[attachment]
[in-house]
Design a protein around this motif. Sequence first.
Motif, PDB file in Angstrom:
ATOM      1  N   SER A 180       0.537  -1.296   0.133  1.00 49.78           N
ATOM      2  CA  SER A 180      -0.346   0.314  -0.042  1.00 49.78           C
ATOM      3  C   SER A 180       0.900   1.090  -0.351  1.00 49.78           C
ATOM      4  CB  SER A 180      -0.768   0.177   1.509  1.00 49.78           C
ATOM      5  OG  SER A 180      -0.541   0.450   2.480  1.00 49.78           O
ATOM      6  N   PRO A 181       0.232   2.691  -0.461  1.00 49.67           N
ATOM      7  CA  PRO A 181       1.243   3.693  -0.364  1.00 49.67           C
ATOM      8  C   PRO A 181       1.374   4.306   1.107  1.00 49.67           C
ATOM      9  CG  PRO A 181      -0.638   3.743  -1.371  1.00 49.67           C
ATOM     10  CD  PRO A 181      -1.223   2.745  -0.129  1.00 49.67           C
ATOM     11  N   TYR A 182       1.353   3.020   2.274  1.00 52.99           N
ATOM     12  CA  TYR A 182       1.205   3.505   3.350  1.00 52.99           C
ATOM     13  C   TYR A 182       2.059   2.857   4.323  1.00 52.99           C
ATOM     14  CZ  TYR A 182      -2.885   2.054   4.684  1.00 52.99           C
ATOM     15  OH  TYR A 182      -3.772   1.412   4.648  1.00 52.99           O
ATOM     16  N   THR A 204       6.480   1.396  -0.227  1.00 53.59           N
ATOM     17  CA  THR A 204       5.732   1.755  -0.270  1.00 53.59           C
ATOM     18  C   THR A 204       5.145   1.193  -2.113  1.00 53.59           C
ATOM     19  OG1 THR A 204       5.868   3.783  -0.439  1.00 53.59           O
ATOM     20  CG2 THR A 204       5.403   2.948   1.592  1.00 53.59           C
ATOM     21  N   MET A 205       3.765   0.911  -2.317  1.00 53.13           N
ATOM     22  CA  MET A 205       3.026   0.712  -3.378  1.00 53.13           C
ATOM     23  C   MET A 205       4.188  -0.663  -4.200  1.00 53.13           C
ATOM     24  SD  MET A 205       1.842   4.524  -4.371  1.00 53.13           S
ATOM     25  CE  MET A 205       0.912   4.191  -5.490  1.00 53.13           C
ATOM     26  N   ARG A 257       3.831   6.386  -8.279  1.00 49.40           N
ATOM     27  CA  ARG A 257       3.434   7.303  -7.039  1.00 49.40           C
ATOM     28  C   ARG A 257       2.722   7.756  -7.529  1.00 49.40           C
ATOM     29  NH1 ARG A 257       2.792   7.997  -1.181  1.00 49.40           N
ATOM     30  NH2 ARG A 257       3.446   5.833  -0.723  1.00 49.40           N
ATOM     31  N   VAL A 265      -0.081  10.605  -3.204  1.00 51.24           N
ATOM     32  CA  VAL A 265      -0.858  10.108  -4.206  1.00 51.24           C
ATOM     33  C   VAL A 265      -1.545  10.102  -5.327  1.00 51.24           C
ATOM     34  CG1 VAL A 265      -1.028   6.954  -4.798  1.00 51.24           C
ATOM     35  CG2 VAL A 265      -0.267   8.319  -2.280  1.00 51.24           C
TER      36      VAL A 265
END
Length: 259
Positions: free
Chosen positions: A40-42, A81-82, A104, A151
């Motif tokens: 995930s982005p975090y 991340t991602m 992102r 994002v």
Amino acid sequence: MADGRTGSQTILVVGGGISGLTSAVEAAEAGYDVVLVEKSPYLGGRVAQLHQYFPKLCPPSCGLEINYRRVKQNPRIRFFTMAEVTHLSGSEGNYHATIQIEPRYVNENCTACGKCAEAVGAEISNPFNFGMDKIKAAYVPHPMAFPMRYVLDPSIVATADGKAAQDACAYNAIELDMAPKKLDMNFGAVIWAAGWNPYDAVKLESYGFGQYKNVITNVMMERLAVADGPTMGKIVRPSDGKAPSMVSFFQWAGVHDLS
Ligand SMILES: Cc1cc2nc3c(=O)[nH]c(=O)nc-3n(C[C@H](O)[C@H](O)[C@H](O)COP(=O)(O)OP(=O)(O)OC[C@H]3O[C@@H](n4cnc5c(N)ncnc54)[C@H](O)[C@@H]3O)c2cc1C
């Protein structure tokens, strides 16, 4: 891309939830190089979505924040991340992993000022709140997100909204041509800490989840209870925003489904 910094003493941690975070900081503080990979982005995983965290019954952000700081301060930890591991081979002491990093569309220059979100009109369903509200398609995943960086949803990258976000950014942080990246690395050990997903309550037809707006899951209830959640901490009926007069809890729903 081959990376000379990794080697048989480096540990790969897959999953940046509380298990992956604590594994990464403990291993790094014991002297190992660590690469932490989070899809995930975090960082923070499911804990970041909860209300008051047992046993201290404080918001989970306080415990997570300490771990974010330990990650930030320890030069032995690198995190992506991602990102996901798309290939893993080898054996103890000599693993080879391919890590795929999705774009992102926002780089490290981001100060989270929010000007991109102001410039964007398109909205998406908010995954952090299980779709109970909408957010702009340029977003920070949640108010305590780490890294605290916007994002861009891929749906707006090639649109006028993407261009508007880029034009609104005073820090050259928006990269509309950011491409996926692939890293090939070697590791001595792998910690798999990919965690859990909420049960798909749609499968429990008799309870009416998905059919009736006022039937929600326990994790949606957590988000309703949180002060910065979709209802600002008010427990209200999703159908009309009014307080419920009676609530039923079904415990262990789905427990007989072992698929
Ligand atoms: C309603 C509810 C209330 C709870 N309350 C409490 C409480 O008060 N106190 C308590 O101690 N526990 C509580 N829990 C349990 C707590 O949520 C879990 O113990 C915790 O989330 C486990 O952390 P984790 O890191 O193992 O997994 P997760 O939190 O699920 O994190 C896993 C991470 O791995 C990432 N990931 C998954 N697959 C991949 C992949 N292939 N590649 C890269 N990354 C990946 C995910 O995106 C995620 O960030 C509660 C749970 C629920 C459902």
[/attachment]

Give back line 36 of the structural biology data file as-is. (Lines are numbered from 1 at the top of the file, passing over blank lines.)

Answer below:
ATOM     33  C   VAL A 265      -1.545  10.102  -5.327  1.00 51.24           C